Things to worry about

The first news about the bombing of a tourist bus in Burgas, a resort in Bulgaria, came at about 7:15 PM on Wednesday. From then on we returned to the routine of the intifada. Piece by piece bits of information about a bus full of young Israelis who arrived on a recent flight. There were casualties. Then there were deaths. I thought about the families in Israel of those who traveled to Burgas, but who would not know who was on that bus, if they were hurt or killed.
Indications pointed to Iran and Hizbollah. Eighteen years ago to the day operatives with connections to the top of the Iranian regime bombed a Jewish community center in Buenos Aires, killing 85 people.
Among the worries are the next acts in this conflict, perhaps an attack on Iranian nuclear facilities, followed by missiles coming from Iran, Lebanon, and Gaza, what Israel would do in response, as well as Iranian attacks on American ships and bases, and where that would lead.
After recent meetings between senior American and Israeli personnel, Americans said they remain unsure about Israeli intentions.
This could be disinformation meant to keep the Iranians on edge, or Israeli ambiguity meant to spur Americans and others to increase sanctions. The claim of ambiguity may reflect American and Israeli cooperation, meant to pressure European governments wavering on tougher sanctions. We hear that the Iranians are hurting economically, but not that Iranian leaders are rethinking their nuclear intentions.
The ambiguity may be a serious message from Israel to the United States and others, reflecting frustrations that there is no sign of a change in Iranian policy. One might expect an Israeli gesture to the United States in avoiding an attack until after the election, but maybe not.
There are also reasons to worry about Syria. Wednesday''s early media focus--before Burgas--was an attack that wiped out a substantial number of the Syrians leading the fight against rebels. Thursday morning''s news was that Assad''s wife and children had gone to Russia, and that Assad himself left Damascus for a more secure site elsewhere in Syria.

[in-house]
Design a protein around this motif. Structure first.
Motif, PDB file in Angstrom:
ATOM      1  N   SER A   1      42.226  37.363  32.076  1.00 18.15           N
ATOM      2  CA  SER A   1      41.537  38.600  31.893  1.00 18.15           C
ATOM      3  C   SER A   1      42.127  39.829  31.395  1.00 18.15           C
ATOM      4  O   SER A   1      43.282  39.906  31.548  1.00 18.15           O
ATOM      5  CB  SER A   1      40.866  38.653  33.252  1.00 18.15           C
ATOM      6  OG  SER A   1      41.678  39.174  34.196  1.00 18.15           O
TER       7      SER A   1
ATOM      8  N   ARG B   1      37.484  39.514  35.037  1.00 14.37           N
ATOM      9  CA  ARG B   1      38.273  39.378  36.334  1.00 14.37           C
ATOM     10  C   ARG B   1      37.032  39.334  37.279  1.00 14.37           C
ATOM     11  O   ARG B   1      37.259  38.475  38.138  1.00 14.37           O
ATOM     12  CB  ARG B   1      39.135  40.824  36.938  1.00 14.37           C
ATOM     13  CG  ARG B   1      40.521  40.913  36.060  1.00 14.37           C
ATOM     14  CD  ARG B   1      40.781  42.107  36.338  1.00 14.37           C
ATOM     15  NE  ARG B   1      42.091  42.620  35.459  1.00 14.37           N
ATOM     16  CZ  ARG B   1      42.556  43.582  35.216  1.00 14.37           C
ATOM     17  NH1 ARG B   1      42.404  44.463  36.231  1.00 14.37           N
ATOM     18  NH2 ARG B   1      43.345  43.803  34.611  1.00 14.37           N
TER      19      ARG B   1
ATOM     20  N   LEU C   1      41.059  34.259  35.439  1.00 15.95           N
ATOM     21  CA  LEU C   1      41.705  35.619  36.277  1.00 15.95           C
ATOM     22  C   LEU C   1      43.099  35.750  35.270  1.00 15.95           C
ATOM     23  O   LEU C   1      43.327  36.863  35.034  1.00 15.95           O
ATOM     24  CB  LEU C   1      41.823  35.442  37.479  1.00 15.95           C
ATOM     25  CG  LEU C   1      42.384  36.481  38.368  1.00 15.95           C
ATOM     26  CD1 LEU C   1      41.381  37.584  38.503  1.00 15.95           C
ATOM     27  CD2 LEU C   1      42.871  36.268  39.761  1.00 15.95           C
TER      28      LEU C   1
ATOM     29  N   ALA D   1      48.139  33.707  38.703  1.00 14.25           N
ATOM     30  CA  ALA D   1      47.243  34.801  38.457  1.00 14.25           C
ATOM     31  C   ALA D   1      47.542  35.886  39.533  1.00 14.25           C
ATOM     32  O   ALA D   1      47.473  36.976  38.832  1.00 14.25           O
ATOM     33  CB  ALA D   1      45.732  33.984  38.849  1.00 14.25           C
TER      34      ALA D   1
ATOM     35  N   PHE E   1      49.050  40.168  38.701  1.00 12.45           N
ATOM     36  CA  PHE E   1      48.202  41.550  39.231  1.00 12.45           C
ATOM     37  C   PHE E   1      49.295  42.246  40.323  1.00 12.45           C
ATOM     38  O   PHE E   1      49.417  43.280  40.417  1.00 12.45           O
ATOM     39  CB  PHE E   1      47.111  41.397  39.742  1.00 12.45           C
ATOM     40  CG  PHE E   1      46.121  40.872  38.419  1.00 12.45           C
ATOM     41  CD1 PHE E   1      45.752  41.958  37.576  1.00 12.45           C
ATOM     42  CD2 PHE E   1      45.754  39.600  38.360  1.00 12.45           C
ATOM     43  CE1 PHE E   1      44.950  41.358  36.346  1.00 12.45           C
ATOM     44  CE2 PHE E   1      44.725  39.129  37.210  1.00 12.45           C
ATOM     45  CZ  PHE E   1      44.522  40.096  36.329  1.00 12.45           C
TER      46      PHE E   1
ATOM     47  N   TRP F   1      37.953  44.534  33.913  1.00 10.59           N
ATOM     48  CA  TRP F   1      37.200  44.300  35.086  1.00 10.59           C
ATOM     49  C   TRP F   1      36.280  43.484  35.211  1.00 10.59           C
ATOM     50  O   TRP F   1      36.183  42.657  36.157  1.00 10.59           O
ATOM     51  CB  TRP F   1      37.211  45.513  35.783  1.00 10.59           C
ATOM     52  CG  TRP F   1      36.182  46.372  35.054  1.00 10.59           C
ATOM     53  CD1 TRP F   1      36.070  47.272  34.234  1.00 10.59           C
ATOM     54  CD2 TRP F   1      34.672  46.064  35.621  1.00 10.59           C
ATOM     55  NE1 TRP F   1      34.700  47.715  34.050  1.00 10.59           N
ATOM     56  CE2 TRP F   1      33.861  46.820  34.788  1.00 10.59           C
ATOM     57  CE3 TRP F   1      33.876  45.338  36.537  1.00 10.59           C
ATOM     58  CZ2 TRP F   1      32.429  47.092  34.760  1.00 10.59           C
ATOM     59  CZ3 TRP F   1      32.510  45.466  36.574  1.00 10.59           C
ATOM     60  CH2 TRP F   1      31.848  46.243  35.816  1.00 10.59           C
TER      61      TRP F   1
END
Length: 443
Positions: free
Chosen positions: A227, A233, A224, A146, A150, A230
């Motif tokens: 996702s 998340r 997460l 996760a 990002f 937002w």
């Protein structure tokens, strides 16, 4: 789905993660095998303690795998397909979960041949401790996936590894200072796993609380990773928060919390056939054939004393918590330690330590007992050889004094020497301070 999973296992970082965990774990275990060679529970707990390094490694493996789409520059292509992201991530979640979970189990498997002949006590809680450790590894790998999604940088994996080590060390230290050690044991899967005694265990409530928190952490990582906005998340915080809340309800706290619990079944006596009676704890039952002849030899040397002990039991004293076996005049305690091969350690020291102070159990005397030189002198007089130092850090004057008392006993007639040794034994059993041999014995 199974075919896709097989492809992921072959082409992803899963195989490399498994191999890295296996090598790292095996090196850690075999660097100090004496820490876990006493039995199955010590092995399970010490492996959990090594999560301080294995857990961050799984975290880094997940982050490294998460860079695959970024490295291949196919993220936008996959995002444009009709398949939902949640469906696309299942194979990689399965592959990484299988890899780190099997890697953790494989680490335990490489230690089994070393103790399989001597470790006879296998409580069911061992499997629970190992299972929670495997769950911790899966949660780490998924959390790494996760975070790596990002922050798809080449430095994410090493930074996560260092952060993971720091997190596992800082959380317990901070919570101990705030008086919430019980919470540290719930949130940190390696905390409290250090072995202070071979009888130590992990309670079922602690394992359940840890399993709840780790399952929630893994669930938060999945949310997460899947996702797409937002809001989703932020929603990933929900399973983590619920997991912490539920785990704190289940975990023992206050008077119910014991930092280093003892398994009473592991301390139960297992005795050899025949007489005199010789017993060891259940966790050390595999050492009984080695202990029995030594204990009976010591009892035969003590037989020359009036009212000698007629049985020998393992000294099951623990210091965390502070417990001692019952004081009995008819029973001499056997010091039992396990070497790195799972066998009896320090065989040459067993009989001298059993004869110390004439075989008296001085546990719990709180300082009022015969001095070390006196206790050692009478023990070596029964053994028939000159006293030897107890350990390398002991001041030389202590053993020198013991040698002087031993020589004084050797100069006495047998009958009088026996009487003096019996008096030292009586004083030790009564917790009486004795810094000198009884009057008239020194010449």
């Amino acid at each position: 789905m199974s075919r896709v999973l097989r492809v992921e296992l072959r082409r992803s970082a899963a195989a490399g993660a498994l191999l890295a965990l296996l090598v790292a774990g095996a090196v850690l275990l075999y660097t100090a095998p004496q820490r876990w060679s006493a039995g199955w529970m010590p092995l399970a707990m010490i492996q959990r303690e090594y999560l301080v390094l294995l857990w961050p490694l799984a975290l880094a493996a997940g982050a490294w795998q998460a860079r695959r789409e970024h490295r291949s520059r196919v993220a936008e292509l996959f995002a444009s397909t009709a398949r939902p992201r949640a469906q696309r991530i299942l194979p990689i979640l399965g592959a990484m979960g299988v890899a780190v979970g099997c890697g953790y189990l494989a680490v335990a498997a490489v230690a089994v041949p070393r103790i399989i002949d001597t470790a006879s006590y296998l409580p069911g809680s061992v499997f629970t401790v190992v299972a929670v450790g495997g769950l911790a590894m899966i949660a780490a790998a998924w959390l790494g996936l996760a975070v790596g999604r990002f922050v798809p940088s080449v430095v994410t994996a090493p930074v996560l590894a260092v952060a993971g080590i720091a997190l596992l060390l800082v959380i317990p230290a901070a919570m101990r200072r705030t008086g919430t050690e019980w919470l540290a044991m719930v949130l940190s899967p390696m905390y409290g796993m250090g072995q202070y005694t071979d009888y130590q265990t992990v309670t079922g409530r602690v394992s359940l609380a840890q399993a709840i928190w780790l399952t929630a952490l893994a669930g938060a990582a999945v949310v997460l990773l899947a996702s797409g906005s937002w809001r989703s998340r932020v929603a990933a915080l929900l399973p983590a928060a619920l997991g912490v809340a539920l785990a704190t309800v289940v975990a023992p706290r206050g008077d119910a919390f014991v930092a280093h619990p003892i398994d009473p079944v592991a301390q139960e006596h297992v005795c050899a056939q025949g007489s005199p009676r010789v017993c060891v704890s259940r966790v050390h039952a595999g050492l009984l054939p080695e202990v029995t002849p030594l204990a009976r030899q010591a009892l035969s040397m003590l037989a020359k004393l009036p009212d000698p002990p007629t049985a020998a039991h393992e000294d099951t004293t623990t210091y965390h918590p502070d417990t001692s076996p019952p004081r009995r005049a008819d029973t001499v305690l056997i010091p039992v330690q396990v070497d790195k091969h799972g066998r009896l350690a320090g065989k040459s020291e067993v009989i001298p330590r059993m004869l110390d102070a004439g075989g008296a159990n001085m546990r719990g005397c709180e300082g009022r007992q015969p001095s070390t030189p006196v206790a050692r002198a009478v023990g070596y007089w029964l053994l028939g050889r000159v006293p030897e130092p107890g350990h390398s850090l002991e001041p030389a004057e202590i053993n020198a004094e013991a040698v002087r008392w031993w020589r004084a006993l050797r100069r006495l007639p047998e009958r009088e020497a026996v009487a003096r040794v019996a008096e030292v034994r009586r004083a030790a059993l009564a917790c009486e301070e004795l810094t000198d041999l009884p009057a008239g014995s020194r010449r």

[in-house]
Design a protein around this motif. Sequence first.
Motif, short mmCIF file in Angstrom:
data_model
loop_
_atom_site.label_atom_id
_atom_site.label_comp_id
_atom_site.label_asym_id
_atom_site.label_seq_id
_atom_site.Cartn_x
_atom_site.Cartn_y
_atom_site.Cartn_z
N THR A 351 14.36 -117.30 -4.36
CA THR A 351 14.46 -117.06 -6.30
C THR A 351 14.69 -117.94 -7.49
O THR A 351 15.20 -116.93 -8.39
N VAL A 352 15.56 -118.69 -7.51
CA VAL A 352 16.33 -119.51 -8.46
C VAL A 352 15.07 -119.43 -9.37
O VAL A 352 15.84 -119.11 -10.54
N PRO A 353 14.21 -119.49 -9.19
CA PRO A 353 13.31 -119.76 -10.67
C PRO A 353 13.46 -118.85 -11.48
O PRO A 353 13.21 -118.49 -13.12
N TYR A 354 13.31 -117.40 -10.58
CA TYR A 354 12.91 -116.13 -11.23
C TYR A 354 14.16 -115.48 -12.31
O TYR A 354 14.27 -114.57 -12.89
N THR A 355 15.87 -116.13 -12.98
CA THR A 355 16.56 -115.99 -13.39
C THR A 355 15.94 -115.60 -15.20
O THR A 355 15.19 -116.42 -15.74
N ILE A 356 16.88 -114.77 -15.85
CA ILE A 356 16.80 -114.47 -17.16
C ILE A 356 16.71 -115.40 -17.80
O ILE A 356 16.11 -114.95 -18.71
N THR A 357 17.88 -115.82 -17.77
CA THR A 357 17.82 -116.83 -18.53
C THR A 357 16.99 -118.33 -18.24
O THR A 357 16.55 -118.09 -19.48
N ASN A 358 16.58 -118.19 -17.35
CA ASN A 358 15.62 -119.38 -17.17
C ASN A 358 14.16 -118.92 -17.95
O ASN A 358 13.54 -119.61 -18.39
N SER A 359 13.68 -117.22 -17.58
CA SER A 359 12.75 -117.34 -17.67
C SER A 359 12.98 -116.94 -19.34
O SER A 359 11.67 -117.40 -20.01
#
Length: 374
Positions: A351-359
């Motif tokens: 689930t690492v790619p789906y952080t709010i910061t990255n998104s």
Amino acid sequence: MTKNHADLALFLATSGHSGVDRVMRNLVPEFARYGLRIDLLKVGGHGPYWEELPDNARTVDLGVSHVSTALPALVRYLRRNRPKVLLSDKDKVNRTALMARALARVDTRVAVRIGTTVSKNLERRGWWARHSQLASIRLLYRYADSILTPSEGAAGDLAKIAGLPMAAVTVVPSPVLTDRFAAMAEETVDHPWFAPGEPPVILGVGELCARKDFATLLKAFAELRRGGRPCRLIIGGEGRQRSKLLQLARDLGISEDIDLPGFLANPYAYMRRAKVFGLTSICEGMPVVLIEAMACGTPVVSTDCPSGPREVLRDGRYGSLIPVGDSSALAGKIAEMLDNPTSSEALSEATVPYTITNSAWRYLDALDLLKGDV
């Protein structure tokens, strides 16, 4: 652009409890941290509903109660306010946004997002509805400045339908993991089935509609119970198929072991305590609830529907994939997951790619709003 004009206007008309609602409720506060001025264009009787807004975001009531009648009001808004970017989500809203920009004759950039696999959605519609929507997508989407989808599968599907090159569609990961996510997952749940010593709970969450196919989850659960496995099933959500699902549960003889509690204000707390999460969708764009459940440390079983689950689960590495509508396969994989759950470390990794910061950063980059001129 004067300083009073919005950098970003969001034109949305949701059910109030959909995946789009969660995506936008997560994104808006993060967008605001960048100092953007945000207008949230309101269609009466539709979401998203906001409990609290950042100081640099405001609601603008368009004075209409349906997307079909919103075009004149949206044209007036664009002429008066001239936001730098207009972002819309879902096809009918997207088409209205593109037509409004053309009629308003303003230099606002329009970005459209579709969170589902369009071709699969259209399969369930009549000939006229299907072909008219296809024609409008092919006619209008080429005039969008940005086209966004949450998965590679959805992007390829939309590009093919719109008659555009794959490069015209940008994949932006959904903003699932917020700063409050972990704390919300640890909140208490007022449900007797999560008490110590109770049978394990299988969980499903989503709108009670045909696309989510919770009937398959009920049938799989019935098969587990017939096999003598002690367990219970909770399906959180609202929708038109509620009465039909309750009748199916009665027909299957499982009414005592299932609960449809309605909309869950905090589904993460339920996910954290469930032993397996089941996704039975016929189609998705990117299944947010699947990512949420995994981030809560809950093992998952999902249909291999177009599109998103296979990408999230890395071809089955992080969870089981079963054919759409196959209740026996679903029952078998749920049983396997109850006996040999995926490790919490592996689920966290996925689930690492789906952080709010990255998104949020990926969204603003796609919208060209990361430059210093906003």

Thursday noon rebels were battling government forces outside the presidential palace in Damascus.
I hope we''ll be spared clips like that of Muammar Qadaffi''s last moments, but there will be some of that directed against captured soldiers and officers, if not the president himself.
Syrian forces have shelled rebels near the Israeli border on the Golan, the IDF has cancelled weekend leaves, and increased its level of alert.
Few expect a smooth transition to a stable government able to control the country. We don''t hear the word "democracy" in the commentaries. Chaos, bloodshed, and ethnic slaughter are more likely.
Israelis with the responsibility for worrying about such things are concerned about Syria''s chemical weapons. They have threatened large scale warfare if they find their way to Hizbollah.
The good news is that Iran and Hizbollah are losing a key ally in the Assad regime.
The bad news is that extremist Sunnis, with elements of al Quaida, will contend for control. They not only oppose the Shiites of Iran and Lebanon, but may also be fanatic with respect to Alewite, Christian, Druze, and Kurdish minorities in Syria, and have more aspirations toward Israel than those of Assad or his father.
Not in today''s headlines are Israel''s election, Haredi and Arab service in the IDF or some alternative, the future of higher education in Ariel, social reforms kept on the agenda by weekly demonstrations, settlements in the West Bank, or peace with Palestinians. A messianic Jew provoked a brief spat by sending copies of the New Testament to all Members of Knesset. Some cursed missionaries and a book that had fueled two millennia of persecution. A MK who views Meir Kahane as his personal hero earned a rebuke from the Knesset chair when he desecrated the New Testament, and an Arab MK earned a rebuke when he desecrated a picture of Meir Kahane.

All that pales alongside Burgas'' reminder of exploding buses, Iran''s nuclear program, and what comes next across the border in Syria.